As your body grows, sleep becomes a little harder to come by, especially in the third trimester. It’s difficult to get comfortable. It’s harder to move around and shift positions in bed. If you’ve been a stomach or back sleeper, it can be hard to adjust to sleeping on your side. The best position to sleep in when you’re pregnant is on your left side. This improves blood flow and, therefore, nutrient flow to your baby. Try lying on your left side, knees bent with a pillow between your knees. It also helps to tuck a pillow under your stomach, as well, for extra support.
Frequent bathroom breaks
With the baby pushing down on your bladder, you likely can’t make it all night without waking at least once to go to the bathroom. You can help minimize nighttime bathroom trips by cutting down on how much you drink in the evenings. Just be sure to get adequate hydration during the day. Bright lights can make it harder for you to fall back asleep, so use nightlights so that you will not need to turn on the lights when you get up to go to the bathroom.
In addition to minimizing the common obstacles to getting a good night’s sleep, there are also ways to encourage good sleep habits. This is called good sleep hygiene.
Things to consider
Sleep is essential to health. Lack of sleep is associated with many chronic diseases, including type 2 diabetes, obesity, depression, and even heart disease. If you’re pregnant, not getting an adequate amount of sleep can put you at risk for some serious conditions. Lack of sleep can also complicate your delivery.
In one research study, pregnant women who slept less than six hours at night late in pregnancy had longer labors and were more likely to have cesarean deliveries.
Another study reports that the sleep you get in your first trimester can affect your health in the third trimester. Women who don’t get enough sleep (less than five hours per night) in the first trimester are nearly 10 times more likely to develop preeclampsia late in pregnancy. Preeclampsia is a condition associated with pregnancy-related high blood pressure, swelling of hands and feet, and protein in urine.
If you’ve ever had a sleep disorder, it could be made worse by pregnancy. If you’ve had sleep apnea in the past, your snoring may get worse during pregnancy. This is especially true if you were already overweight when you became pregnant. Expect that RLS will worsen during this time. Heartburn will intensify, too."
"For a new mom-to-be, experiencing sleep deprivation after the baby is born is a given. But you probably didn’t realize that it could also occur during the first trimester of pregnancy.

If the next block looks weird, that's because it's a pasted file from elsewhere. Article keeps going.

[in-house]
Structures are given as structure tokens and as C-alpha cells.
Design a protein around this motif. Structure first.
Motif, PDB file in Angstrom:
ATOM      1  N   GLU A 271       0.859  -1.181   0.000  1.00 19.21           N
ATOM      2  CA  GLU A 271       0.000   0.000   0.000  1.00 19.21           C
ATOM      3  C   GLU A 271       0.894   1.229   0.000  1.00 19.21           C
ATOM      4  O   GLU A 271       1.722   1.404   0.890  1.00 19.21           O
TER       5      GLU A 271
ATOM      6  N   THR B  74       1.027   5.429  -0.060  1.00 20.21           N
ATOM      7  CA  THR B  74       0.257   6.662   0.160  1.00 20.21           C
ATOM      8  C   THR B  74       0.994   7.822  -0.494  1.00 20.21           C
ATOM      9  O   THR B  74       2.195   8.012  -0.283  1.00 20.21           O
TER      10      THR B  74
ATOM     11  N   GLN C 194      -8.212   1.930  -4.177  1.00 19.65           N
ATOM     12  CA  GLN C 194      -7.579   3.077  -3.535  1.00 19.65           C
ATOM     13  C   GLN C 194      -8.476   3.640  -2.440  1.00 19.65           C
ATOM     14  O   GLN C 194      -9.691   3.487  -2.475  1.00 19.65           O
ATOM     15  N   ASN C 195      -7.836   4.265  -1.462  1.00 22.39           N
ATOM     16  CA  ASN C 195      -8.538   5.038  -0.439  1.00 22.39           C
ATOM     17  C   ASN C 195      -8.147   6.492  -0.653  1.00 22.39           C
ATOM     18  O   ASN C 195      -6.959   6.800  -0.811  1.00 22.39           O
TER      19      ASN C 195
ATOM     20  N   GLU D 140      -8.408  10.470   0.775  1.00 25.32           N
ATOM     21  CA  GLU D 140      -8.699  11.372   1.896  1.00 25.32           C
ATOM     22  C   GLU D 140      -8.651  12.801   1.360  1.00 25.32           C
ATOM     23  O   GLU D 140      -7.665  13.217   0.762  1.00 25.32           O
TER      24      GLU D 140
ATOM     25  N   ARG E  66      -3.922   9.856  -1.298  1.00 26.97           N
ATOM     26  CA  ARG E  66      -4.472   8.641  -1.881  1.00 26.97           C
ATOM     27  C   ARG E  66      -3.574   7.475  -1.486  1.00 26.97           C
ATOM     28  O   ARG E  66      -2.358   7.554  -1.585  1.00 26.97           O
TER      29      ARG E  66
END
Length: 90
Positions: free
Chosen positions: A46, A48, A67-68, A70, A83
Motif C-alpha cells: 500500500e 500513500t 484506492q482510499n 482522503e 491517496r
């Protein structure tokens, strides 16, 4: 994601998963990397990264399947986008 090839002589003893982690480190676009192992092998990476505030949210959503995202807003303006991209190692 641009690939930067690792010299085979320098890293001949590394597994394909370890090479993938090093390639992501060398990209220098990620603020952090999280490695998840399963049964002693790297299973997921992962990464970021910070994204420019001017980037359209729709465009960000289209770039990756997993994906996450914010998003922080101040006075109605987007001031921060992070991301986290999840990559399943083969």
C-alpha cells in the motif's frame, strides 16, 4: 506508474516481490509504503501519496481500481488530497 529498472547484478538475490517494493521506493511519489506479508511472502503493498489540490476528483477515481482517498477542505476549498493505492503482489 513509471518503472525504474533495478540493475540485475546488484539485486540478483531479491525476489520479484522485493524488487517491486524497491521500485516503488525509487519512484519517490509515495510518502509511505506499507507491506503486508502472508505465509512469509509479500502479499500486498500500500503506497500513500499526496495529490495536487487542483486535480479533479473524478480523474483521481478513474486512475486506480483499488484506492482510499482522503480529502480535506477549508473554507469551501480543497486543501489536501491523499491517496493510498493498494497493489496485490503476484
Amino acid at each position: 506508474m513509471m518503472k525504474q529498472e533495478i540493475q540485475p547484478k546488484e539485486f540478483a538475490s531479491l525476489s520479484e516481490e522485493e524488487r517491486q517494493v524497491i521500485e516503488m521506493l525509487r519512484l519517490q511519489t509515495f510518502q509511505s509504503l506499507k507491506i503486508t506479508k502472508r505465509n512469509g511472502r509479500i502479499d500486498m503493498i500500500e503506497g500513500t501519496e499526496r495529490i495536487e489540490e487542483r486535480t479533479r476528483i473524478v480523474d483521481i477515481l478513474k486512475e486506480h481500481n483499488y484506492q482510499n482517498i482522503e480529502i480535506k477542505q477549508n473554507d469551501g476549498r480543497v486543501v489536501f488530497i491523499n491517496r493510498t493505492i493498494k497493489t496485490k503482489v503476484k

Most women experience sleep problems during pregnancy. Pregnant women tend to get more sleep during their first trimesters (hello, early bedtime) but experience a big drop in the quality of their sleep. It turns out that pregnancy can make you feel exhausted all day long. It can also cause insomnia at night.
Here are some of the most common culprits for insomnia during early pregnancy, plus a few tips to help you get a better night’s sleep.
What is insomnia?
Insomnia means you have difficulty falling asleep, staying asleep, or both. Women can experience insomnia during all stages of pregnancy, but it tends to be more common in the first and third trimesters. Between midnight bathroom breaks, out-of-control hormones, and pregnancy woes such as congestion and heartburn, you might be spending more time out of your bed than in it. The good news: While insomnia might be miserable, it’s not harmful to your baby.
Sheer logistics play a role as well. By the end of a pregnancy, many women have a hard time just getting comfortable enough to sleep well. During the first trimester, you might not have much of a baby belly to accommodate, but there are other issues that can prevent a good night’s sleep.
What causes insomnia during pregnancy?
Expecting? There are many reasons you might be wide awake in the wee hours. These can include:
It can be difficult to distract yourself from these thoughts, but try to remember that worrying isn’t productive. Instead, try writing down all of your concerns on paper. This will give you a chance to consider possible solutions. If there are no solutions, or there is nothing you can do, turn the page in your journal and focus on another worry. This can help empty your mind so you can rest.
Being up front with your partner about your feelings and worries can also help you feel better.
Develop a bedtime routine
One of the best things you can do to manage insomnia while you’re pregnant is to set up good sleep habits.
Begin by trying to go to bed at the same time every night. Start your routine with something relaxing to help you unwind.
Avoid screen time at least an hour before bed. Blue light from the TV, your mobile phone, or tablet can have an impact on your body’s circadian rhythm. Try reading a book instead.
Taking a soothing bath might also make you sleepy. Just be careful that the temperature isn’t too hot — that can be dangerous for your developing baby. This is especially true during early pregnancy.
To be safe, avoid hot tubs.
Diet and exercise
Diet and exercise can have an impact on your sleep.
Drink plenty of water throughout the day, but minimize drinking after 7 p.m. Try to avoid caffeine starting in the late afternoon.
Eat to sleep
Eat a healthy dinner, but try to enjoy it slowly to reduce your chances of heartburn. Eating an early dinner can also help, but don’t go to bed hungry. Eat a light snack if you need to eat something late in the evening. Something high in protein can keep your blood sugar levels steady through the night. A warm glass of milk can help you feel sleepy, too."